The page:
The front elevation, facing Cedar Street is dominated by a central, one-story projecting entrance pavilion defined at the edges by copper-clad pinnacle-topped square columns, the space between the columns at the height of the pinnacles bridged by an eight-bay elaborate band of carved, blind wheel tracery over heraldic shield appliques. The deeply recessed entrance has a pair of vertical planked doors hung on decorative wrought-iron strap hinges set behind a series of three receding perpendicular-style pointed arches, the leading arch three risers below the threshold of the entrance doors. Foliated capitals at the narrow columns supporting the triple arch continue as a decorative belt course that extends to the end columns of the pavilion, with the spandrels of the opening in-filled with carved blind wheel tracery duplicating that located in the wall area above, with a pair of heraldic shields set in the blank wall area above the belt course at each side. The entrance pavilion is flanked by heavy, stepped granite buttresses that rise to the top of a pointed arched three-part stained glass window centered in the facade at the choir loft level, a point eight feet below the skew-backs of the parapet-fronted gable end wall. The gable end wall is separated into three horizontal bands by courses of limestone, and is enriched by an exceptional relief sculpture of the Virgin Mary, along with applied roundels above the buttresses. Side entrance pavilions serving the front vestibule are situated at either side of the two-story high nave, terminating the one-story side aisle sections of the church. These pavilions have gable roofs perpendicular to the main roof, with parapet end walls projecting slightly in front of the massive, one-story end buttresses. The north and south elevations of the pavilions include four-part rectangular windows with carved stone tracery in the upper sections, and a bas-relief roundel centered in the wall surface between the water-table and the window openings.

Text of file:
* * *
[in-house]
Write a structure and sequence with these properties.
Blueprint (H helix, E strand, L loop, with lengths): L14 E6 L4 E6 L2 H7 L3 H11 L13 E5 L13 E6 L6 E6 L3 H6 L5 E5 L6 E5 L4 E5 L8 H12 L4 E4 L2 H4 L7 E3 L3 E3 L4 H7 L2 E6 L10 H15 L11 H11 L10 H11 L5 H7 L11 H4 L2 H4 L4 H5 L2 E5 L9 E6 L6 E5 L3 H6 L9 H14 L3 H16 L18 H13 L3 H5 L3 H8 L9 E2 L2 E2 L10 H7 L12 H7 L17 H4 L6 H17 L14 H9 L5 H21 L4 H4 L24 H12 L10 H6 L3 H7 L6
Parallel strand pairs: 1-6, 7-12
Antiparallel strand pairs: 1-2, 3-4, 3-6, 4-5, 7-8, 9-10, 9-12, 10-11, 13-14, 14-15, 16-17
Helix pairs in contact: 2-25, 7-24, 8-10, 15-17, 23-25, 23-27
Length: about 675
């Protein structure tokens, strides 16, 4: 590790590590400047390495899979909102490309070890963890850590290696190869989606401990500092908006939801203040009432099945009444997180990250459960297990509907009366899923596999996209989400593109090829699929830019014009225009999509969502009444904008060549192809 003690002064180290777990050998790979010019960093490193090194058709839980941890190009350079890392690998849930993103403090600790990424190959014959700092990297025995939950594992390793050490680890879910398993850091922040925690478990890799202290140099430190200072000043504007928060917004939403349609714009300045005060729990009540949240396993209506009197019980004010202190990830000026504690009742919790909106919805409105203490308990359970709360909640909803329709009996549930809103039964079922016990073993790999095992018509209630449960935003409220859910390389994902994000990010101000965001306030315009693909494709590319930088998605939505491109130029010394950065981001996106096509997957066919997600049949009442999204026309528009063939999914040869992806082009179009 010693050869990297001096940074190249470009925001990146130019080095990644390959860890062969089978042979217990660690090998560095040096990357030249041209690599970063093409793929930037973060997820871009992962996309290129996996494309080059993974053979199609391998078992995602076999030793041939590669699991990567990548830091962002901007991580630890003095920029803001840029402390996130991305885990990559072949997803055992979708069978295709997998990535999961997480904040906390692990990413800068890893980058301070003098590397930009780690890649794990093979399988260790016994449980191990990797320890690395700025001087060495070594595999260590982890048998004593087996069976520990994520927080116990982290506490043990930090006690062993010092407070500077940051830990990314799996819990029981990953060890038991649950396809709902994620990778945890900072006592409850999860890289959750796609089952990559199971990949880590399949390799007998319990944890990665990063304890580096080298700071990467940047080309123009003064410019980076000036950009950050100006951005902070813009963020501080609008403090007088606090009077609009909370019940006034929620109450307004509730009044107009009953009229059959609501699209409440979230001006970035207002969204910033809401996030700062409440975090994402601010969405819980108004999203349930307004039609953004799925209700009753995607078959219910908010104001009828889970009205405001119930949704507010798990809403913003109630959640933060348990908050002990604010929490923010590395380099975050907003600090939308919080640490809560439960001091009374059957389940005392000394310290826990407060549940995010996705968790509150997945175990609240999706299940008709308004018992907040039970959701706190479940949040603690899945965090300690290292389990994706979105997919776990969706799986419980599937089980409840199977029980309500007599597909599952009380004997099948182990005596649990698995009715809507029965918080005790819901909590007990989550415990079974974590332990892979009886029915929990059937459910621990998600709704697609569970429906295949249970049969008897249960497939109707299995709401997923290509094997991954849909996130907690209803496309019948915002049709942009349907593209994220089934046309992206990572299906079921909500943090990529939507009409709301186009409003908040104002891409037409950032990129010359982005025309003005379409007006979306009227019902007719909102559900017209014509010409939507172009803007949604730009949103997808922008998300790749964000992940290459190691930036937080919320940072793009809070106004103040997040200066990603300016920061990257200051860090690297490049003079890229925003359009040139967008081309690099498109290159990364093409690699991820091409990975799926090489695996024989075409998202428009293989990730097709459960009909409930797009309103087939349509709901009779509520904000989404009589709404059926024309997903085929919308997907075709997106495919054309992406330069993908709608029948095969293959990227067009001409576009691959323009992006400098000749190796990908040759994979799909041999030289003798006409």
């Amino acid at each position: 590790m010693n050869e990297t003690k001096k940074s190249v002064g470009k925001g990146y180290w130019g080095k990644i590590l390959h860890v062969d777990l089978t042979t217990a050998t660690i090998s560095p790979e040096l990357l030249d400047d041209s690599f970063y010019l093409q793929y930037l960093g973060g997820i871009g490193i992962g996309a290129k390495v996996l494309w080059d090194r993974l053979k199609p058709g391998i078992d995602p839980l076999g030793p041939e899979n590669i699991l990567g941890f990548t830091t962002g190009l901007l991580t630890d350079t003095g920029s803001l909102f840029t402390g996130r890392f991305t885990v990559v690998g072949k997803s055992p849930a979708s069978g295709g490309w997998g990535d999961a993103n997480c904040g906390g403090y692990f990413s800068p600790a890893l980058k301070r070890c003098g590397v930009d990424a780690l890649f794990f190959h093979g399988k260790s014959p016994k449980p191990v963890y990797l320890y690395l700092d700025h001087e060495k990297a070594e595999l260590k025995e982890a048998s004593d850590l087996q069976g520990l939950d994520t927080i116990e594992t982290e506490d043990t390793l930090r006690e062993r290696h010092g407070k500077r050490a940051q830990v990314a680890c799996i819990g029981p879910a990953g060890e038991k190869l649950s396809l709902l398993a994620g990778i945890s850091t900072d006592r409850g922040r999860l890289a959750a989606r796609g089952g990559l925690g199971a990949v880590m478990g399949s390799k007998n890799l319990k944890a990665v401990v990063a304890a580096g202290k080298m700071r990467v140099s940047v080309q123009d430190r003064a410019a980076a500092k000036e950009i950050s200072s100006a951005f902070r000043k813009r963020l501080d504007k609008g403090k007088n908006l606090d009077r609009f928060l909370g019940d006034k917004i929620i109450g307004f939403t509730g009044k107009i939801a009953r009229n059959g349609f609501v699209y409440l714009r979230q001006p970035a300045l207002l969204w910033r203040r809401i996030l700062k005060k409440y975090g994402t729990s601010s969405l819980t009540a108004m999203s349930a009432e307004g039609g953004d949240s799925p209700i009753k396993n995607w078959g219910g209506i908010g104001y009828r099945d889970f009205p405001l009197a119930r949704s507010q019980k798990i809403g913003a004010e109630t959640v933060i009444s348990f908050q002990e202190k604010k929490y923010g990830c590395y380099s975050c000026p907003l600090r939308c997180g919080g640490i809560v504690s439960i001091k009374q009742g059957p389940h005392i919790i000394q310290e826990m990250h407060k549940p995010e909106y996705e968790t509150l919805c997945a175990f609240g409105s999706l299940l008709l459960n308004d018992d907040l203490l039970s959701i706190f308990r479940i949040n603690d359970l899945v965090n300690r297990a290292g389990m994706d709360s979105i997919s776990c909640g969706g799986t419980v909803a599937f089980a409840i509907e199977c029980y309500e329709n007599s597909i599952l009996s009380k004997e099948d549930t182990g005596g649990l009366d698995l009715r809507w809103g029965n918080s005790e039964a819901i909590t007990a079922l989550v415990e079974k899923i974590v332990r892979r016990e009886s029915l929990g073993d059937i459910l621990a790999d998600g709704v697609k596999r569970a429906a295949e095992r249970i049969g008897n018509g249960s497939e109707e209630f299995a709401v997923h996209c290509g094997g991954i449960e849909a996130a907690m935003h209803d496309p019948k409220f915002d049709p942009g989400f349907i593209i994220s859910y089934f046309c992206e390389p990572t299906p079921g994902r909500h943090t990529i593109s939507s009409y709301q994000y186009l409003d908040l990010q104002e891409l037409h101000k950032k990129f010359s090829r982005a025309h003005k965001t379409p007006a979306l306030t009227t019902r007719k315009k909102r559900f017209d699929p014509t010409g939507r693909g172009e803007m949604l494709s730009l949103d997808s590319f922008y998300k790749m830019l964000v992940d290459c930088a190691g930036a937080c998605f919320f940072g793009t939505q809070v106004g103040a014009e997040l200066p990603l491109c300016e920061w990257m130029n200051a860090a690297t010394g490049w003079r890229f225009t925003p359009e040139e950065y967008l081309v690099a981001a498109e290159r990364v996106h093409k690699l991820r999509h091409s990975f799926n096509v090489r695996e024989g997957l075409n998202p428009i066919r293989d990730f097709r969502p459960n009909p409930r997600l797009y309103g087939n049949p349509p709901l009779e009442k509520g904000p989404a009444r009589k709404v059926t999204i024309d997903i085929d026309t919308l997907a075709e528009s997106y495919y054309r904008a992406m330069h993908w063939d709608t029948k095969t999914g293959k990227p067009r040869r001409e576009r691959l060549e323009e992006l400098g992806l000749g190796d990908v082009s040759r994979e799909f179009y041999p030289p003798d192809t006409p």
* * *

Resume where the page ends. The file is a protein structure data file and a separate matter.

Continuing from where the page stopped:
The side elevations are mirror images of each other with the exception of a later pavilion at the west end of the transept. The lower sections, enclosing the side aisles and the side entrance pavilions, are protected by shed roofs that butt to the clerestory wall of the nave, and are 32 feet high at the top of the roof. The west elevation has a parapet gable end wall side entrance to the front vestibule at the south end of the church, the parapet wall terminated with granite skew-backs and provided with a lead-coated copper coping. The entrance is enclosed within a perpendicular-style pointed arched opening, with the hoodmold returning at the impost line to serve as capitals to the flush pilasters at either side. The entrance has a pair of vertical plank doors with decorative wrought-iron strap hinges, and is served by a single loaded granite stair running perpendicular to Cedar Street and enclosed by low, stuccoed side and end walls. There is a biscuit-shaped cartouche centered above the doors.